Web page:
By Doyle Irvin, American Forests
On one afternoon in the mid-1930s, Oxford professor John Ronald Reuel Tolkien happened across a mysteriously blank page in one of his students’ exam books, and — moved by who-knows-what, according to the author himself — scrawled down the words “In a hole in the ground there lived a hobbit.”
Though this was the first sentence to what he would eventually garden into The Hobbit, which led to The Lord of the Rings, that dusty afternoon falls somewhere in the middle of the story. Part of what made Tolkien’s approach so captivating, and so influential, was his belief that no person is separate from — or above — their respective surroundings and histories.
Tolkien was born in South Africa in 1892. He remembered little of South Africa, except for one frightening encounter with a giant hairy spider, as the family moved to England while he was quite young. There, Tolkien moved between the rural hamlet Sarehole, the urban city Birmingham, and King’s Heath.
Railroads in the U.K. Credit: Matt Gibson
Sarehole, and the farmer’s mill he remembered most fondly, can be directly understood as the fictional Shire — whereas his family home in King’s Heath hugged busy railroad tracks. Tolkien was orphaned at the age of 12, and in his writings about the Shire we can see him longing for the idyll of Sarehole, gentle parental guidance, and a cooperative community on even terms with each other — such things he unknowingly embraced before life darkly complicated itself.
The young orphan found refuge in Catholicism, as Father Francis from his church looked after him and organized his schooling. He fell in love with a non-Catholic woman named Edith Bratt and eventually was sent to the Somme during World War I. In a trench in France he began the first stories that became the legendarium (the background histories of Middle Earth).
Tolkien, 24 years old at the time of the Somme, served as a communications liaison between officers in the field, using flares, signals, pigeons, runners and telephones to relay messages. On the first night of the assault, 19,240 British soldiers were slain. Nearly 1.5 million lay dead by the end of the offensive. Of his club from school, the “Tea Club, Barrovian Society,” all but Tolkien and one other friend would be killed in action.
How did Tolkien react to all of this? He came to think that industrialization — and machines by proxy — only serves to create different classes of people, with some invariably above, and others by happenstance below. He believed that what inevitably follows this stratification is conflict corresponding to the scale of that divide: Those with the power will use it, and those without will want it.
Serviceman Tolkien in 1916. Credit: Wikimedia Commons.
He was sent back to the U.K. to convalesce after contracting trench fever. While healing, he and Edith visited the nearby Roos woods, where she danced for him — a moment he remembered for the rest of his life and immortalized in his legendarium as the tales of Beren and Lúthien, a mortal man and immortal elf who were star-crossed. Thus in nature he found refuge from the wastes of industrialization.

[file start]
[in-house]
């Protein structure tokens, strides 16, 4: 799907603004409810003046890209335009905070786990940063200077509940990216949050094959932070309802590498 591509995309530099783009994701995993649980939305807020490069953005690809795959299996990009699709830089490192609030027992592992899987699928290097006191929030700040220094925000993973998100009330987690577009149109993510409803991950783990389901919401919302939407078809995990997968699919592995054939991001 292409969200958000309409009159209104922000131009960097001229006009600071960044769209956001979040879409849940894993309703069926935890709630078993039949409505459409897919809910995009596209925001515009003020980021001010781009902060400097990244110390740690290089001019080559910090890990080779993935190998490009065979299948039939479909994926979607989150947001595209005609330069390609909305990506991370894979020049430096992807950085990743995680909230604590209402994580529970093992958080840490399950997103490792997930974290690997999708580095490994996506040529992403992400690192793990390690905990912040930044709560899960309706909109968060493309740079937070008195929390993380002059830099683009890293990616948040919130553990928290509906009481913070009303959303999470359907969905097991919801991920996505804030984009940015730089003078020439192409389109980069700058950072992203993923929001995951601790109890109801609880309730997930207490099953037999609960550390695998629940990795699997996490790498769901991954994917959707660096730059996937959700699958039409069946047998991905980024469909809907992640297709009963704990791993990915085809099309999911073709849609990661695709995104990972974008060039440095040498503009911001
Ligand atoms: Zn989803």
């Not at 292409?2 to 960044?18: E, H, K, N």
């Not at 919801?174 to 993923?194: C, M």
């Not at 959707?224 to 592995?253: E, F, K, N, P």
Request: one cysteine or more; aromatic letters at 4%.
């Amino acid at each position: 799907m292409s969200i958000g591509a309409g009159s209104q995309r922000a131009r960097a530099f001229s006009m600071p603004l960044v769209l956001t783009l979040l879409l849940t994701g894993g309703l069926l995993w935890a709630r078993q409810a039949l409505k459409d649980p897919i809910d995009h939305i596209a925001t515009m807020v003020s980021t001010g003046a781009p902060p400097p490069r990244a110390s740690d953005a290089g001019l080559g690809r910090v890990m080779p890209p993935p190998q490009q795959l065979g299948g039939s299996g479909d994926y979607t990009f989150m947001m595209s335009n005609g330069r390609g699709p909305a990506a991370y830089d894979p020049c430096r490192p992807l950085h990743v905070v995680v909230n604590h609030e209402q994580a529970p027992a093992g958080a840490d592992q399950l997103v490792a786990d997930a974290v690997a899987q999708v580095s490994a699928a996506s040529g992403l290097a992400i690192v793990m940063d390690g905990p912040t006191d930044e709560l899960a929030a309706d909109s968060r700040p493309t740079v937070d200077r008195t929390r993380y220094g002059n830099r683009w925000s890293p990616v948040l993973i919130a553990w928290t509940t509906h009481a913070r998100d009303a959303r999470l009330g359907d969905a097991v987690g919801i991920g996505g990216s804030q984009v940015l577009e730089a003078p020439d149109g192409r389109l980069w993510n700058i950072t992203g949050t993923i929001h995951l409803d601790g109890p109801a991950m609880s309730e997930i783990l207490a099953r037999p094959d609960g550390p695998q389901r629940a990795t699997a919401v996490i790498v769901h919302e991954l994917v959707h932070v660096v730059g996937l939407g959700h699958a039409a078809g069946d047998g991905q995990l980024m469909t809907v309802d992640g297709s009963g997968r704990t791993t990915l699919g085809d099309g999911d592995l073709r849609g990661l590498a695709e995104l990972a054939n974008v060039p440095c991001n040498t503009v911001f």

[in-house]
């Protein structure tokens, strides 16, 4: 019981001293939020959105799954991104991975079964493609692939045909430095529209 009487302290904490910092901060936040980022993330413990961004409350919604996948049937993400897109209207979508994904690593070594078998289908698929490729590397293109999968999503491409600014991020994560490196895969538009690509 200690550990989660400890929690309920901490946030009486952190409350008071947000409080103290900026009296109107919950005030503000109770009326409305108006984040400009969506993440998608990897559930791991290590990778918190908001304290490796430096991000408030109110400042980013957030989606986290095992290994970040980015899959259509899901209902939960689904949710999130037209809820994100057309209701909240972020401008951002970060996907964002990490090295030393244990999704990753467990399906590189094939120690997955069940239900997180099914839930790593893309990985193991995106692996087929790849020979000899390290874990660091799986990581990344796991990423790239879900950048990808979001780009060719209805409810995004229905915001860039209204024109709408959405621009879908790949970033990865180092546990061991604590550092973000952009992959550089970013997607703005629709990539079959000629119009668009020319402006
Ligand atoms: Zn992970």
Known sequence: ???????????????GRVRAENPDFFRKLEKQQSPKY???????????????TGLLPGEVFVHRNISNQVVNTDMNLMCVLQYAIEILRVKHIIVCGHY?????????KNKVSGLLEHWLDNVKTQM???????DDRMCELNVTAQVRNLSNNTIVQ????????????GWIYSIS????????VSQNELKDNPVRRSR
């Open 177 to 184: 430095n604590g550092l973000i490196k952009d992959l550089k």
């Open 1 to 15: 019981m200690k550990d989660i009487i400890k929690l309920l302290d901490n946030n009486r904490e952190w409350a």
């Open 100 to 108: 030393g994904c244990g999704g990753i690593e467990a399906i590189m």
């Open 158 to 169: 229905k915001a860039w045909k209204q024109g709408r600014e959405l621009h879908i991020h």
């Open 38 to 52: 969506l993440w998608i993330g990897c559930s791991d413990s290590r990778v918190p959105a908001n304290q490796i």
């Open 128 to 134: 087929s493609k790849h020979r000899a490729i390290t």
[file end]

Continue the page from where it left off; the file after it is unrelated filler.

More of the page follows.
Tolkien’s Catholicism proved significant in his relationship with Edith. Her family originally disapproved of the union, as did Father Francis. Tolkien struggled with supposedly not being good enough for Edith; in this struggle we see Aragorn and Arwen — outcasts in their adopted societies, mired by confusion, death and war, trying to do right by both their country and by their love.
Perhaps most importantly, Tolkien acknowledged that no one is perfect. No mortal, not even Frodo, can totally resist The Ring. Similarly, no human can extinguish the allure of glory, triumph — and celebrity. The struggle between power and grace exists in every heart.
Equally important, however, was the belief that it only takes one person to make a difference. That that person can be anyone, no matter how big or small. That nobody volunteers to do what’s necessary because they want to; they do it because they can’t imagine the alternative.
When you take all of these elements into consideration — the unprecedented mechanical destruction in the form of World War I, causing death at an unbelievable scale; the loss of innocence that comes with being sent from one’s childhood home, and the permanent parting from one’s childhood friends; the finding of refuge in a forbidden lover’s arms, surrounded by the nature whose shelling one has just witnessed; the confusion about what it was all for and what it all meant — when you take all that into consideration, it’s easy to see why the counterculture movements of the 60s and 70s, responsible for the rise of environmentalism, so easily transposed The Lord of the Rings’ fictional representations of these very real biographic events onto what was happening at the time.
Frodo carried the Ring to Mordor. In 1971, a group of activists sailed for the nuclear exclusion zone in Amchitka, with a copy of The Lord of the Rings aboard their boat — The Greenpeace. Thus the international organization was born. They are but one example of the real-world impact of Tolkien on environmentalism, which we examine in Part Two of this blog series.